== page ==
Britain's fishing industry voted overwhelmingly to leave the EU --  now it feels 'betrayed' by May's Brexit proposals

Britain’s £1-billion fishing industry, which voted overwhelmingly to leave the EU, says it feels “betrayed” by the current course of Brexit negotiations.

A poll before the referendum suggested 92% of fishermen would vote to leave the EU, but many are now worried about Theresa May’s plan to roll over the EU’s much-maligned Common Fisheries Policy (CFP) into UK law.

The CFP sets rules for how many fish each EU country’s boats can land. Several politicians have warned that dropping the policy will not benefit the industry, but most fishermen disagreed, believing that its restrictions are the cause of a rapidly declining UK fleet.

But Prime Minister Theresa May intends to introduce a ‘Great Repeal Bill‘ in the wake of Brexit, which will roll over all EU law into UK law — including the CFP.

Alan Hastings, a spokesman for Brexit campaign group ‘Fishing For Leave,’ told Business Insider that the proposal risks “throwing the industry under a bus.”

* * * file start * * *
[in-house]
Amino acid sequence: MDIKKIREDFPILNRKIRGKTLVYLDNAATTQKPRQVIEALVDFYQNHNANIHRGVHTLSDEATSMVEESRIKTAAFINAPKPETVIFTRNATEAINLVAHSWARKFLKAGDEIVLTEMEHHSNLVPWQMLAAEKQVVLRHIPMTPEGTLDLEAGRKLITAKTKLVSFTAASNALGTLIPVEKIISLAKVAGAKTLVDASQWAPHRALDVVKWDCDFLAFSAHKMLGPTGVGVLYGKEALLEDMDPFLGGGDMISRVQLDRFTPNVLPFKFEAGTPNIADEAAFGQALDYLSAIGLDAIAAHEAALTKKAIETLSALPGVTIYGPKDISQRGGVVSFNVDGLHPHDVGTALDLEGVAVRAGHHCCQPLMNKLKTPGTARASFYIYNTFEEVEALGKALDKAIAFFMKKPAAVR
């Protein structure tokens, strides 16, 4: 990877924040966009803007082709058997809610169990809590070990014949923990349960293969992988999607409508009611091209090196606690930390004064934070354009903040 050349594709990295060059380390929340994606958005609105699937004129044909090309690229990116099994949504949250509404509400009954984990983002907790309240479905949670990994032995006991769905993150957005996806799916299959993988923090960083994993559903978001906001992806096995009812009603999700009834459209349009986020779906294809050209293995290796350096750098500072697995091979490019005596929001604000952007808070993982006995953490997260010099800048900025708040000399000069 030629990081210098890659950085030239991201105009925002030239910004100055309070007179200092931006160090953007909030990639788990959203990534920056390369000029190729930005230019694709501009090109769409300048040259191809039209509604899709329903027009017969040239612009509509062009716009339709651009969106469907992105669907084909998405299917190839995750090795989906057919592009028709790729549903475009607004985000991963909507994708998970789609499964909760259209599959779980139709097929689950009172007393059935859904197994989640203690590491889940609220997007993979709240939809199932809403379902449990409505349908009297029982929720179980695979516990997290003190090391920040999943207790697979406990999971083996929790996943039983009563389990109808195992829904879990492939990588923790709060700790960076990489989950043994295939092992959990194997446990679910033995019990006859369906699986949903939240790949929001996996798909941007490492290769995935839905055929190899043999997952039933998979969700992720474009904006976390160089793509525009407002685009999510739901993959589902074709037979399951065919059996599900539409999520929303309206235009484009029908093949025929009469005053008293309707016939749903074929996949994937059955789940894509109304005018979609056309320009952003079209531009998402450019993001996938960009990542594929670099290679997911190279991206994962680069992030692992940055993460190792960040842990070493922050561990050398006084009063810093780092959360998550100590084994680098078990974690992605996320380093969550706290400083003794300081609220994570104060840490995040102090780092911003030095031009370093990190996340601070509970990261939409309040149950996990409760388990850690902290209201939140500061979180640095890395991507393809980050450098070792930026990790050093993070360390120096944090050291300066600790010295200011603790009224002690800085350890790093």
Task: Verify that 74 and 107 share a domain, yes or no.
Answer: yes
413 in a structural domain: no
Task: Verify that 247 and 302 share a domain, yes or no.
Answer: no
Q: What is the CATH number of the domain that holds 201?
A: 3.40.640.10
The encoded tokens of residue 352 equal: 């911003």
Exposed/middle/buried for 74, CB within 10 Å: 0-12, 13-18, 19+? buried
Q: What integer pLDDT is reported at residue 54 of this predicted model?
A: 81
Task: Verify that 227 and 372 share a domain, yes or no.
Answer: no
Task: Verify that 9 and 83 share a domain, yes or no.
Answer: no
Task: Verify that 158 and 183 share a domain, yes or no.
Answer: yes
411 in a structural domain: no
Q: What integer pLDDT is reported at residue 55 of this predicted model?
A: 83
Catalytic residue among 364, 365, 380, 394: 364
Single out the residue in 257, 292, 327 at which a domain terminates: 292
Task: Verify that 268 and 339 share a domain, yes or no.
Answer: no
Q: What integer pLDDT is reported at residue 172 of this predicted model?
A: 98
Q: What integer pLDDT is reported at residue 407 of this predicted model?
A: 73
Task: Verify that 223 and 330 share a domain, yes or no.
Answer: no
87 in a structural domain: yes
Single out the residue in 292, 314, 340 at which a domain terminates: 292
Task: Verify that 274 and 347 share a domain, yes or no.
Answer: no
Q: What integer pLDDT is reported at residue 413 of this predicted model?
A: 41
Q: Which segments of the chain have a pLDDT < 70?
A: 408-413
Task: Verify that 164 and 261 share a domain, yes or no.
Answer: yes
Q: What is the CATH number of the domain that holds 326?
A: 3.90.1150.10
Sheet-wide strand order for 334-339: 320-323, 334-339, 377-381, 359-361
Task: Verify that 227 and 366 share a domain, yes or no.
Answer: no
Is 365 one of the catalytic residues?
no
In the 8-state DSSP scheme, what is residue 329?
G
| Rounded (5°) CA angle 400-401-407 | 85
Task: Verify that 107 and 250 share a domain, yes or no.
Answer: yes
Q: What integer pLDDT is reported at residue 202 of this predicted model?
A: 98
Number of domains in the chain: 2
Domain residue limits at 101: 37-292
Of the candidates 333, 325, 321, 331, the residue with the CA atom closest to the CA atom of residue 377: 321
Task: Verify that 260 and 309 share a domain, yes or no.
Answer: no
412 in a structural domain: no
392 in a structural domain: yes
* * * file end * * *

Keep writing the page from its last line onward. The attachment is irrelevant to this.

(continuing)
“It’s the equivalent of being told you’re leaving prison and then being told you’re actually staying. If we adopt the CFP, it will squander the opportunity that Brexit provides to rebuild the UK fishing industry,” he said.

He called for an “exemption” for fisheries policy from May’s plans, but accepted that looks unlikely.

He said: “Our great worry is that the government will think if they give an exemption to fisheries, they will have to give an exemption to everything else. But if Brexit’s about having a clean start, then why bother to adopt everything in the first place? To our mind it’s just a way to fudge Brexit.”

A government spokesperson told Business Insider: “Our fishing industry is immensely valuable and supporting our fishermen will form an important part of our exit from the EU — this means ensuring a profitable fishing industry, sustainable stocks and a healthy marine environment.

“From the moment we leave, Parliament will be in control and able to make the changes the British people want to see,” they added.

Hastings said that Fishing for Leave is planning several high-profile publicity stunts in order to “push fishing back up the agenda.” In June, days before the referendum took place, Fishing for Leave organised a flotilla of boats to motor down the Thames, joined by other Brexit campaigners including Nigel Farage.

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